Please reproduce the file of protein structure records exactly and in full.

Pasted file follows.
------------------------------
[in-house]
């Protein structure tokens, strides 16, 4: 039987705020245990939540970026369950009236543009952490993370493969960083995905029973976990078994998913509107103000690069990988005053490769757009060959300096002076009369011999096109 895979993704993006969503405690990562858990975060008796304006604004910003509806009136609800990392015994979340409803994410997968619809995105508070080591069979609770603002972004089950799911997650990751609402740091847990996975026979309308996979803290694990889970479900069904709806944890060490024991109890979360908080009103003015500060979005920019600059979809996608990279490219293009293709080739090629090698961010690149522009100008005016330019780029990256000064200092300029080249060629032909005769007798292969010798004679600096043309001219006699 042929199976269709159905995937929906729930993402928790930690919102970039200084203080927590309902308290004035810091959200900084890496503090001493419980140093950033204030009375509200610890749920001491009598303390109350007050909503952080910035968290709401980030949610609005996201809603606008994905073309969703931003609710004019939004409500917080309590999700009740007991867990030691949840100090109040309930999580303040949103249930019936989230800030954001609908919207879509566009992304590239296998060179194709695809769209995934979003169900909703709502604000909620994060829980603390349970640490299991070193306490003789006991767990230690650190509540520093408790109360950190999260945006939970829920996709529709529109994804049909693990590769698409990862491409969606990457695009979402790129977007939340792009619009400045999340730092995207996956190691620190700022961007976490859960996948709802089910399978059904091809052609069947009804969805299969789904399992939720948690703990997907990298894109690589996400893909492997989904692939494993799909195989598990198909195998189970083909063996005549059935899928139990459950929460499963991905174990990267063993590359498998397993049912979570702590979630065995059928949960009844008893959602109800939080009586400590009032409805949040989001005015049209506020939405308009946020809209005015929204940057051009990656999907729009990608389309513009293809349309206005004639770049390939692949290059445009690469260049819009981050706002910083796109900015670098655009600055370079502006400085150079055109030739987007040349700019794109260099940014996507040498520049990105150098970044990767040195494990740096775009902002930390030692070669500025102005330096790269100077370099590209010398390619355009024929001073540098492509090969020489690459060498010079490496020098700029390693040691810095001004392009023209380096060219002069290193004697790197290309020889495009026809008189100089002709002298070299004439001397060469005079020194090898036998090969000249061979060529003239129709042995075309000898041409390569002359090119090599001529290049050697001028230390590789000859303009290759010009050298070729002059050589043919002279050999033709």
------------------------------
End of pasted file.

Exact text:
[in-house]
């Protein structure tokens, strides 16, 4: 039987705020245990939540970026369950009236543009952490993370493969960083995905029973976990078994998913509107103000690069990988005053490769757009060959300096002076009369011999096109 895979993704993006969503405690990562858990975060008796304006604004910003509806009136609800990392015994979340409803994410997968619809995105508070080591069979609770603002972004089950799911997650990751609402740091847990996975026979309308996979803290694990889970479900069904709806944890060490024991109890979360908080009103003015500060979005920019600059979809996608990279490219293009293709080739090629090698961010690149522009100008005016330019780029990256000064200092300029080249060629032909005769007798292969010798004679600096043309001219006699 042929199976269709159905995937929906729930993402928790930690919102970039200084203080927590309902308290004035810091959200900084890496503090001493419980140093950033204030009375509200610890749920001491009598303390109350007050909503952080910035968290709401980030949610609005996201809603606008994905073309969703931003609710004019939004409500917080309590999700009740007991867990030691949840100090109040309930999580303040949103249930019936989230800030954001609908919207879509566009992304590239296998060179194709695809769209995934979003169900909703709502604000909620994060829980603390349970640490299991070193306490003789006991767990230690650190509540520093408790109360950190999260945006939970829920996709529709529109994804049909693990590769698409990862491409969606990457695009979402790129977007939340792009619009400045999340730092995207996956190691620190700022961007976490859960996948709802089910399978059904091809052609069947009804969805299969789904399992939720948690703990997907990298894109690589996400893909492997989904692939494993799909195989598990198909195998189970083909063996005549059935899928139990459950929460499963991905174990990267063993590359498998397993049912979570702590979630065995059928949960009844008893959602109800939080009586400590009032409805949040989001005015049209506020939405308009946020809209005015929204940057051009990656999907729009990608389309513009293809349309206005004639770049390939692949290059445009690469260049819009981050706002910083796109900015670098655009600055370079502006400085150079055109030739987007040349700019794109260099940014996507040498520049990105150098970044990767040195494990740096775009902002930390030692070669500025102005330096790269100077370099590209010398390619355009024929001073540098492509090969020489690459060498010079490496020098700029390693040691810095001004392009023209380096060219002069290193004697790197290309020889495009026809008189100089002709002298070299004439001397060469005079020194090898036998090969000249061979060529003239129709042995075309000898041409390569002359090119090599001529290049050697001028230390590789000859303009290759010009050298070729002059050589043919002279050999033709």